Landmark federal law passed in 1965 and amended in 1988 that makes it illegal to deny rent or refuse to sell to anyone based on race, color, religion, sex or national origin. The 1988 amendment expanded the protections to include family status and disability.
FHA Loans:
Mortgages that are insured by the Federal Housing Administration. The FHA's 203(b) loan program provides low-rate mortgages to buyers who make a down payment as small as 3 percent. The agency also operates loan plans for investors and purchasers of rural property.
Financing Loan:
a loan secured by personal property. The stock and lease of a co-operative corporation constitute such personal property. Real estate brokers often refer to these financing loans as mortgages, though technically they are not.
personal property attached to the land or improvements that become part of the real property.
Flip Tax:
a levy issued on the transfer of ownership by a co-operative corporation or condominium association against either the buyer or seller.
Good-Faith Estimate:
An estimate from an institutional lender that shows the costs a borrower will incur, including loan-processing charges and inspection fees.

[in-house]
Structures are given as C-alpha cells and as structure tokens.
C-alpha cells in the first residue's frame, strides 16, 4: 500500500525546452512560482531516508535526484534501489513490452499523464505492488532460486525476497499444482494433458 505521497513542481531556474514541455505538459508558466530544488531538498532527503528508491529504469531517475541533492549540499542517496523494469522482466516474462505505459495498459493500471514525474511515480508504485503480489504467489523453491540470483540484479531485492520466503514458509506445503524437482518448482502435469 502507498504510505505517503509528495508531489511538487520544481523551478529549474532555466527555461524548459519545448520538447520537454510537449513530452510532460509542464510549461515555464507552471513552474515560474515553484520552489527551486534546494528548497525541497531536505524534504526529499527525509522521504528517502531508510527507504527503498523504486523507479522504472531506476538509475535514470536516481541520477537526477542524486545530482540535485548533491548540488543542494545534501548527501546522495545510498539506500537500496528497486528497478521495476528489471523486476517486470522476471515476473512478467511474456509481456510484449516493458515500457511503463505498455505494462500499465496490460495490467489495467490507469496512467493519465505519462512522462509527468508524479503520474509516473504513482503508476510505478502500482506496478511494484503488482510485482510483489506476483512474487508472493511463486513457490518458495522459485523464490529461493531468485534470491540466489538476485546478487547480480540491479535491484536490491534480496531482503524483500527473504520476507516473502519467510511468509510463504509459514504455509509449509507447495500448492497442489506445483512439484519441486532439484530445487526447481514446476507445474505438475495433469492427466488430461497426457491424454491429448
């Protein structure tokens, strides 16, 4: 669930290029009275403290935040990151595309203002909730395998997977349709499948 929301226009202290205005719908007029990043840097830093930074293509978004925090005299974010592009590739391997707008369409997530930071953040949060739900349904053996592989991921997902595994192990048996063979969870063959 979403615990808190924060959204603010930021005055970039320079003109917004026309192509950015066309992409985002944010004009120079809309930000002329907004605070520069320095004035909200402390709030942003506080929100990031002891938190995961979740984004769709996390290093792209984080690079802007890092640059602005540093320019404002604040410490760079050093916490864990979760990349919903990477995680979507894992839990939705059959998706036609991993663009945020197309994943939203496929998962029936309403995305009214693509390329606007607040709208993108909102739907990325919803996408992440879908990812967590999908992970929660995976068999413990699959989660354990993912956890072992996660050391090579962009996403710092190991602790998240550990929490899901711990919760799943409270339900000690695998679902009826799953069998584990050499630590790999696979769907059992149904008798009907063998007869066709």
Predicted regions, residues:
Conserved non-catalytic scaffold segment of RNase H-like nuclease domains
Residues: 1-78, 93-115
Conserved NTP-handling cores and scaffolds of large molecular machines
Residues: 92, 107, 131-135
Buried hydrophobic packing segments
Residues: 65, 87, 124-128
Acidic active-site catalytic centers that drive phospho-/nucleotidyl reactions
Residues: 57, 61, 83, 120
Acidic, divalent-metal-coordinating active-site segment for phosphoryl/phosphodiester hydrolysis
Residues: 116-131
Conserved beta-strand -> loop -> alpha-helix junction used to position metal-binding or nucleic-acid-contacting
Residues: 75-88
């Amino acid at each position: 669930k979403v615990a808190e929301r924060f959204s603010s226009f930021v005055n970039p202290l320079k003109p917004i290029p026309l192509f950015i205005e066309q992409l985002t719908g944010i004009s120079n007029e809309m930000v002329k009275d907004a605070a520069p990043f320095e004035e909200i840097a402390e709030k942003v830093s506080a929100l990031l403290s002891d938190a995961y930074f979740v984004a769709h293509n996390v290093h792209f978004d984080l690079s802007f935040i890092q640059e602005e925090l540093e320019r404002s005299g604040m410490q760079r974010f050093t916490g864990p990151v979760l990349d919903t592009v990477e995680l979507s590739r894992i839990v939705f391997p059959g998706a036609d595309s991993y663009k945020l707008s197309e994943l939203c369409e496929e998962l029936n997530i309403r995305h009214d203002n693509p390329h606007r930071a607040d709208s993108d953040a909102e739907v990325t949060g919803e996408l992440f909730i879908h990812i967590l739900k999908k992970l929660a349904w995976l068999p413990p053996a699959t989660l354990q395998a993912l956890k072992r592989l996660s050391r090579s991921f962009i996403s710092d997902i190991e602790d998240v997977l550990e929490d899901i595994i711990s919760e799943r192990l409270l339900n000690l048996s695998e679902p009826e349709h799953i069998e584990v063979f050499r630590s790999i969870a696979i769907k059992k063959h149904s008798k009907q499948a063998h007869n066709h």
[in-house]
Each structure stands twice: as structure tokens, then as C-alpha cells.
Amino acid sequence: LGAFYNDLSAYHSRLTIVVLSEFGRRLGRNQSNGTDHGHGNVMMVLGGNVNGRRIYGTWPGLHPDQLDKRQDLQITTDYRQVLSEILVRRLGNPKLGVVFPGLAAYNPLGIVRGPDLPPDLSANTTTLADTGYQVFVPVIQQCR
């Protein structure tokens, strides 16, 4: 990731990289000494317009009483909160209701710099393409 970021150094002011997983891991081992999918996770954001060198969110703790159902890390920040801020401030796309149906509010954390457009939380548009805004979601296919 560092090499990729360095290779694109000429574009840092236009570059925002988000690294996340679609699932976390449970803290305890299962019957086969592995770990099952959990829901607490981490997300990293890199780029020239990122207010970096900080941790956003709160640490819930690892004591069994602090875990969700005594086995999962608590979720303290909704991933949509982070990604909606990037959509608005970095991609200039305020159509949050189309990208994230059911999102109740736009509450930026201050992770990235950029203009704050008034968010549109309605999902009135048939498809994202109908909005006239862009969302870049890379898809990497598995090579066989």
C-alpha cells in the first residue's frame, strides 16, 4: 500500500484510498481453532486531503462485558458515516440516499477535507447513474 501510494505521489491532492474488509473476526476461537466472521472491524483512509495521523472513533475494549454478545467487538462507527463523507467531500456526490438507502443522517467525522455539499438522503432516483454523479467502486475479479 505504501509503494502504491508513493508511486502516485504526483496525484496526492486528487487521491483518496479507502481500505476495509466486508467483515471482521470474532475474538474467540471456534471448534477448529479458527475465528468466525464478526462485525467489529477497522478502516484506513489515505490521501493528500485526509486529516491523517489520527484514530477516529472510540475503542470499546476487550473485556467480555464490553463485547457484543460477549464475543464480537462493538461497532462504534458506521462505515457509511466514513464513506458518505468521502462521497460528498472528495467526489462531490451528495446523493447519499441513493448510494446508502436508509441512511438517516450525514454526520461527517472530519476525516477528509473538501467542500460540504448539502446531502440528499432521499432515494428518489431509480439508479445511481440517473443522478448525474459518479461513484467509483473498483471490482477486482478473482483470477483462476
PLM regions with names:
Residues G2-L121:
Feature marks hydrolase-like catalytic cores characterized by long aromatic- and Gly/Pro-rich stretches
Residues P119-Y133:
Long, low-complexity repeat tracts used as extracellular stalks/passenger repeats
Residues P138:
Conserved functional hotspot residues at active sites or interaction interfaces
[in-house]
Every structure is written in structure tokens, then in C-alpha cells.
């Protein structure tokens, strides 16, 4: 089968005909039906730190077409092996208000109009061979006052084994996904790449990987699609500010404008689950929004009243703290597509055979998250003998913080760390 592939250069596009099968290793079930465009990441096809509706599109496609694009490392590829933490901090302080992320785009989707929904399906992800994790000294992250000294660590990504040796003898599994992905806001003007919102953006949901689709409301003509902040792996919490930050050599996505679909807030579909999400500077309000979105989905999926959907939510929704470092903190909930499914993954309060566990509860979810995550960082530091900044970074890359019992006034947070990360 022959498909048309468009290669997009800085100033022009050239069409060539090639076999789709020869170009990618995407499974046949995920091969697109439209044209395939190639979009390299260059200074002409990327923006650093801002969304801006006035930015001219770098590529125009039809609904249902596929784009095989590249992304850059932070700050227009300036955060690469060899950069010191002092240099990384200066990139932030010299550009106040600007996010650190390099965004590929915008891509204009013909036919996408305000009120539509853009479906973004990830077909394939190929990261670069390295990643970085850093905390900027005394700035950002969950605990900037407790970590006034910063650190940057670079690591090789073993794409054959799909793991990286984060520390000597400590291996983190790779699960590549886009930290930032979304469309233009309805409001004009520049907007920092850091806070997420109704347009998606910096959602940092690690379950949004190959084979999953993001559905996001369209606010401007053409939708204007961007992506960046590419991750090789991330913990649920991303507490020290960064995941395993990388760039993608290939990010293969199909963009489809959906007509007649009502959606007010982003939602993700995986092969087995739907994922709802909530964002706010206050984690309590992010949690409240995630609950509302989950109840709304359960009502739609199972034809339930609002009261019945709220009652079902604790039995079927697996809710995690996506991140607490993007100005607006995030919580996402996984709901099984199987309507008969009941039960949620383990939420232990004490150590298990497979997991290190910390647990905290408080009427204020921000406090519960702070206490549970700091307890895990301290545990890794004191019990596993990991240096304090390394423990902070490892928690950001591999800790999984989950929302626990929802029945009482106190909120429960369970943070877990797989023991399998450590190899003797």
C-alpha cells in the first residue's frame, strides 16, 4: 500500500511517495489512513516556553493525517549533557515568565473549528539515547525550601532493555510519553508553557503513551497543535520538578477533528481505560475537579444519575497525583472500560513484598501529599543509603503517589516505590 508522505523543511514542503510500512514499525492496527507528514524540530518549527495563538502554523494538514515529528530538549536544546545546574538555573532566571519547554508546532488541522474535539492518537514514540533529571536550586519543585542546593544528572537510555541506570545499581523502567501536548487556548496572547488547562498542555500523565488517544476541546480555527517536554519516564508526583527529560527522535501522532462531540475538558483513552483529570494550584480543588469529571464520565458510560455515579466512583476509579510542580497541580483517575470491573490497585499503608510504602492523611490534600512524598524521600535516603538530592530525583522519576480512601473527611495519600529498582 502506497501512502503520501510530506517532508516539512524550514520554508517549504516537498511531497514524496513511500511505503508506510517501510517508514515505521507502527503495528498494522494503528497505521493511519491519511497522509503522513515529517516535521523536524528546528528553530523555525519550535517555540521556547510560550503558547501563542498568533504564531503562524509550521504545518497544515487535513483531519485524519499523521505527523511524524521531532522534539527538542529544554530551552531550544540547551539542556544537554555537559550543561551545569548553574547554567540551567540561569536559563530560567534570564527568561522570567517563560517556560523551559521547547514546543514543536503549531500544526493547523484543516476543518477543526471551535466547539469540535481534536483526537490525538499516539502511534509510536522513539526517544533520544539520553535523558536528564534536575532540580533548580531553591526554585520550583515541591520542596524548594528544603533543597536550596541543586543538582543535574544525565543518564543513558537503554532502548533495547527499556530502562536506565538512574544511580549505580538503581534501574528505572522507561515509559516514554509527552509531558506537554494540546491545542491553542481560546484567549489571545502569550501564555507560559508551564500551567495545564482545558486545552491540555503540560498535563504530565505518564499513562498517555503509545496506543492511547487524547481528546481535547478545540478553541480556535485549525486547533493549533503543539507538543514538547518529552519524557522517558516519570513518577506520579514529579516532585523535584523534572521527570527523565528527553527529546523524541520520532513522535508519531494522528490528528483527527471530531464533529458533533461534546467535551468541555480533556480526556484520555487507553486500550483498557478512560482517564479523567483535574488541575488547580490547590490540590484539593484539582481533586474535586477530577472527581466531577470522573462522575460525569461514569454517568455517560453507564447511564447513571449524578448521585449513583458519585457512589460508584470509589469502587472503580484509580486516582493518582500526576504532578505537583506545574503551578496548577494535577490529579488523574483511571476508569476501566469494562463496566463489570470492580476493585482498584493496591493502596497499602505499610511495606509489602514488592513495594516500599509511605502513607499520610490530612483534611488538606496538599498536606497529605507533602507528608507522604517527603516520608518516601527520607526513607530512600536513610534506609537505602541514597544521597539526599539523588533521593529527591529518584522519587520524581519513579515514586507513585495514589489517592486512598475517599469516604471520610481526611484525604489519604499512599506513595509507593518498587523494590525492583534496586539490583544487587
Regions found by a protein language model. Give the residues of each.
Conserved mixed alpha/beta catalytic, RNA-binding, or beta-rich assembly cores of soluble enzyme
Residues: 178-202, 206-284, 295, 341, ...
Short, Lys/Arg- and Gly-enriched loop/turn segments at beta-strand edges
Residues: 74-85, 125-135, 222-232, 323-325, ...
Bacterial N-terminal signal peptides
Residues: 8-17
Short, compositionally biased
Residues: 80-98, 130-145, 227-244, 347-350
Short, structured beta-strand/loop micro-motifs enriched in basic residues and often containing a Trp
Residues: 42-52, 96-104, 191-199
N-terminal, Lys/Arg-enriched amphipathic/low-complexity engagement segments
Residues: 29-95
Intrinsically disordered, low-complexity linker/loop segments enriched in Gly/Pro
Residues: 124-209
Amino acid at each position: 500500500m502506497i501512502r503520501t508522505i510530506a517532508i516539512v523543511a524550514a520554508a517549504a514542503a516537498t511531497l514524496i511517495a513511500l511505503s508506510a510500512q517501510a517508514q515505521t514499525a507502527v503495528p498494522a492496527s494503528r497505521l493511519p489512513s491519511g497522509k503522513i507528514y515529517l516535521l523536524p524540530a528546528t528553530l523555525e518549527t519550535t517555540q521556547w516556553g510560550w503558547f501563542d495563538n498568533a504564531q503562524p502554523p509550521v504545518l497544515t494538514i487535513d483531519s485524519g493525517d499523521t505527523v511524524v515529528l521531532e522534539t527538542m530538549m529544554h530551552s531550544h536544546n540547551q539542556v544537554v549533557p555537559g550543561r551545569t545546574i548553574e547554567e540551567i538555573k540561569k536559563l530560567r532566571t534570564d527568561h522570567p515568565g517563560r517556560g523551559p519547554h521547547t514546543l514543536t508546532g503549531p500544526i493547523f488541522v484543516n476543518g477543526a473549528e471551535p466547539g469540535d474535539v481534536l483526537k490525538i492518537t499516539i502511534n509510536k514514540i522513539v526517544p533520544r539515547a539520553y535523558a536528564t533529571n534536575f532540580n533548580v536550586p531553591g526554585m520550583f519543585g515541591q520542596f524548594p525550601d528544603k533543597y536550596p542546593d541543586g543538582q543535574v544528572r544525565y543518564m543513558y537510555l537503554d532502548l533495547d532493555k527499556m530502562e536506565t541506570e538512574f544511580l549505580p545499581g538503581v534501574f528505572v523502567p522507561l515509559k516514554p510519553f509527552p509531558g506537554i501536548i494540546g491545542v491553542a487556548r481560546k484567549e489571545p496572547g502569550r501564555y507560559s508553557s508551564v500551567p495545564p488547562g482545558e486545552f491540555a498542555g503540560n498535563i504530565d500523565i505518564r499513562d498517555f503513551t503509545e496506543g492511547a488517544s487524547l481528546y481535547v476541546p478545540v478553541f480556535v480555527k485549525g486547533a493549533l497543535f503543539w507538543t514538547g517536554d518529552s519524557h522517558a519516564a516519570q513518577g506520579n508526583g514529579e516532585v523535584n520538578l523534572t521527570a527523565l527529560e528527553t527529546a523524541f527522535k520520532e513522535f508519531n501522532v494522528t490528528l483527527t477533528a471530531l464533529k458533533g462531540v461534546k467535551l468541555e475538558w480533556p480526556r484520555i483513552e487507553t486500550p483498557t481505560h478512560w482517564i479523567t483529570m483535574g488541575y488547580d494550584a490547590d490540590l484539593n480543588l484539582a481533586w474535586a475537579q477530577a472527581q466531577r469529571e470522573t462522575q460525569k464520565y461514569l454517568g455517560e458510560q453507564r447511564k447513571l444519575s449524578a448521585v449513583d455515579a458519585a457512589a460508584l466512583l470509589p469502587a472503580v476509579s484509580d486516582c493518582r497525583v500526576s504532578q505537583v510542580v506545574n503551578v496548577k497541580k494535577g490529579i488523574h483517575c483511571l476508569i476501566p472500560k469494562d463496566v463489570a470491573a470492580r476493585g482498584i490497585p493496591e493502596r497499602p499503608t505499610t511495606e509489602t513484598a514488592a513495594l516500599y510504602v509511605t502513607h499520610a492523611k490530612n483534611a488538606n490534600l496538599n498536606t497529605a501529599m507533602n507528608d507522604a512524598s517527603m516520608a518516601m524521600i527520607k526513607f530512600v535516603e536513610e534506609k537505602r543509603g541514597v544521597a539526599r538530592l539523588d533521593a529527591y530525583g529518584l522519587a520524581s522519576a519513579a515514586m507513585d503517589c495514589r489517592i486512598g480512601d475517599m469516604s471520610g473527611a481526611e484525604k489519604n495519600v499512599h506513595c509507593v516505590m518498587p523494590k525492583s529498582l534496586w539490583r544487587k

the party to whom the title to real property is conveyed.
the party who conveys the title to real property.
Homeowners' Association:
A group that governs a modern subdivision or planned community. An association collects monthly fees from all owners to pay for maintenance of common areas, handle legal and safety issues, and enforce the covenants, conditions and restrictions set by the developer.
Homeowners' Insurance:
This insurance includes hazard coverage for any damages that may affect the value of a house, in addition to personal liability and theft coverage.
HUD-1 Uniform Settlement Statement:
A closing statement or settlement sheet that outlines all closing costs on a real estate transaction or refinancing.
Insurance Binder:
A temporary insurance arrangement usually put in force until a permanent policy can be obtained.
Interest-only Loan:
The pays only the interest that accrues on the loan balance each month. Because each payment goes toward interest, the outstanding balance of the loan does not decline with each payment.
a designation given to a building that is under New York City protection for the purpose of historical preservation.